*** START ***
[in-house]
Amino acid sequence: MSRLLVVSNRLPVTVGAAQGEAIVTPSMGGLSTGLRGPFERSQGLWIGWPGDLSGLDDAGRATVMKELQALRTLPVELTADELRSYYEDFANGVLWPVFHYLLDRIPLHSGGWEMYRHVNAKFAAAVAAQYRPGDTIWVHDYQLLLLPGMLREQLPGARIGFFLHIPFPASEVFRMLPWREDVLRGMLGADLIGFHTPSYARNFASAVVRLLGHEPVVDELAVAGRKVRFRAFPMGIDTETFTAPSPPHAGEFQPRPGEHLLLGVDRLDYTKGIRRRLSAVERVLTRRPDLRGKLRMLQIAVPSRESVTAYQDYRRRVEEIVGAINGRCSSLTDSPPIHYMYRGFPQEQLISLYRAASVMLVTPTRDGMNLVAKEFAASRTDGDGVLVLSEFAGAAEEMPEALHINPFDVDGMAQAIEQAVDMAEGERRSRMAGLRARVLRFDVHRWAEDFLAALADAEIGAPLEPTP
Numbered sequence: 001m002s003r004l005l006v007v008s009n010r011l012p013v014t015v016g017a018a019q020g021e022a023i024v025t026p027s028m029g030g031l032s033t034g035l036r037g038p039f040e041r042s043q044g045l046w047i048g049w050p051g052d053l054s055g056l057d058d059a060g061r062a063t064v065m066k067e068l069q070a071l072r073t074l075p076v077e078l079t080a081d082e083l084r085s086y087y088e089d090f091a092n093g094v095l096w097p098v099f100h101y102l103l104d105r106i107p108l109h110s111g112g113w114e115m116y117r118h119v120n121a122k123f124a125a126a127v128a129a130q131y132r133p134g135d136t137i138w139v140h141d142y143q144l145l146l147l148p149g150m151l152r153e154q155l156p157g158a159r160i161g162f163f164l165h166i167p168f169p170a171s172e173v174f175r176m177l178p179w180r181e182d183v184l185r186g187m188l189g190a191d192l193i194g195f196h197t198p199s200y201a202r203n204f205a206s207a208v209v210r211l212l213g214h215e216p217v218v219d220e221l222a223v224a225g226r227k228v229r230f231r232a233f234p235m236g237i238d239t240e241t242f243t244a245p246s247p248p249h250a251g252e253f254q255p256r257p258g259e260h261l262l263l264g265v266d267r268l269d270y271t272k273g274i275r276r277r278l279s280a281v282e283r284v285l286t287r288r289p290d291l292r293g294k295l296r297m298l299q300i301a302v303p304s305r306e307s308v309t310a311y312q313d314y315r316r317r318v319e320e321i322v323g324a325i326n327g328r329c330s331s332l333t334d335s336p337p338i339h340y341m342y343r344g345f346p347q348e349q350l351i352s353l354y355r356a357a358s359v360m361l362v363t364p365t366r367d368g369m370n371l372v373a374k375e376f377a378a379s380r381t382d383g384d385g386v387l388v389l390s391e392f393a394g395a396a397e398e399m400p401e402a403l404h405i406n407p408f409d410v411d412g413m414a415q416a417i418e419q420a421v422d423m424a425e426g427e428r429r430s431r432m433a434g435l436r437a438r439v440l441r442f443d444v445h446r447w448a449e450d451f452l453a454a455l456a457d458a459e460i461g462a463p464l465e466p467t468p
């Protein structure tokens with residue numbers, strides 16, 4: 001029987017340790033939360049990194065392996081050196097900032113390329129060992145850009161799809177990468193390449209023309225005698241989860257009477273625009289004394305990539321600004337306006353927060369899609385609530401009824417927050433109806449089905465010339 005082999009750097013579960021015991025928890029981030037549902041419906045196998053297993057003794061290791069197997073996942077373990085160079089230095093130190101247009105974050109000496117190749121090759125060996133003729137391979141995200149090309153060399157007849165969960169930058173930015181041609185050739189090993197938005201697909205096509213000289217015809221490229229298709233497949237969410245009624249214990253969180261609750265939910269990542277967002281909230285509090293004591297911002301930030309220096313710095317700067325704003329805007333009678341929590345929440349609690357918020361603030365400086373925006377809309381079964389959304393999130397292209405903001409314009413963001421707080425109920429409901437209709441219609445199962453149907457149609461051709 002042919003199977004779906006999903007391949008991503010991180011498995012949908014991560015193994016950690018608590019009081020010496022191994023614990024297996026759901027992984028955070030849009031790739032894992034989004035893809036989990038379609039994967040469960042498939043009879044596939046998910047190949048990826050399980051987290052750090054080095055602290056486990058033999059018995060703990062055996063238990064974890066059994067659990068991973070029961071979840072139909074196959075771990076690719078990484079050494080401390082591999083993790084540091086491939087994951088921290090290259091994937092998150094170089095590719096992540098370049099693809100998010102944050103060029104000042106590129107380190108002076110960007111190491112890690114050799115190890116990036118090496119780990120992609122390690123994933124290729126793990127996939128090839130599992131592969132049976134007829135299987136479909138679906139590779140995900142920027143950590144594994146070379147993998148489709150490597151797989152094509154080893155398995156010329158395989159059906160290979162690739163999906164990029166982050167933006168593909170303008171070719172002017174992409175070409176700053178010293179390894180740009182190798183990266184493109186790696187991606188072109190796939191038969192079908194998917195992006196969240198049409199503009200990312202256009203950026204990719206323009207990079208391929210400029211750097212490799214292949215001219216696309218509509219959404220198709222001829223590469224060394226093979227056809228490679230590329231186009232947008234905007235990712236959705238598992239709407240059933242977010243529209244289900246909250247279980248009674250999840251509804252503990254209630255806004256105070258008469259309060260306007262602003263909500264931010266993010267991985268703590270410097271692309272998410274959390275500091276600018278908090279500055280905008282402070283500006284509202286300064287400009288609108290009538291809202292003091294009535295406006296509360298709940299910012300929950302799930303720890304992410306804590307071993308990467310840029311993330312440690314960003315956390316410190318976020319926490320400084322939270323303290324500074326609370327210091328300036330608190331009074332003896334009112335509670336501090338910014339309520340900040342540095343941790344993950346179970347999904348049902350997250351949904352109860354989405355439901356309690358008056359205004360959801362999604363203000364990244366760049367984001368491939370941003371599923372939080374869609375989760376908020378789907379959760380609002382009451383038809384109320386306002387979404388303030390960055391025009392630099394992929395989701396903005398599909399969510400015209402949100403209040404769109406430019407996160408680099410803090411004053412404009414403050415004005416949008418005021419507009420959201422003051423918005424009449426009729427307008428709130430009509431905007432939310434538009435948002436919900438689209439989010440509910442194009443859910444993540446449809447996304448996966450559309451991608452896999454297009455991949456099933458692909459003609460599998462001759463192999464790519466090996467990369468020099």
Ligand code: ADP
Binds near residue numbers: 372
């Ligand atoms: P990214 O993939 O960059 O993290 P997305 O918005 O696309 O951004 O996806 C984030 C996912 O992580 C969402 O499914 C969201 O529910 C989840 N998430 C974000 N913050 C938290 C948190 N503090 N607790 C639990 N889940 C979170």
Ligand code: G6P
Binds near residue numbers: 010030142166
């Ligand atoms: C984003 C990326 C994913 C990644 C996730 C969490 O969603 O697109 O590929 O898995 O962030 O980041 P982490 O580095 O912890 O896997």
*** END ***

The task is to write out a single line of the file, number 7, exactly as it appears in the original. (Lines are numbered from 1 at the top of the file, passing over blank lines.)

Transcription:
């Ligand atoms: P990214 O993939 O960059 O993290 P997305 O918005 O696309 O951004 O996806 C984030 C996912 O992580 C969402 O499914 C969201 O529910 C989840 N998430 C974000 N913050 C938290 C948190 N503090 N607790 C639990 N889940 C979170």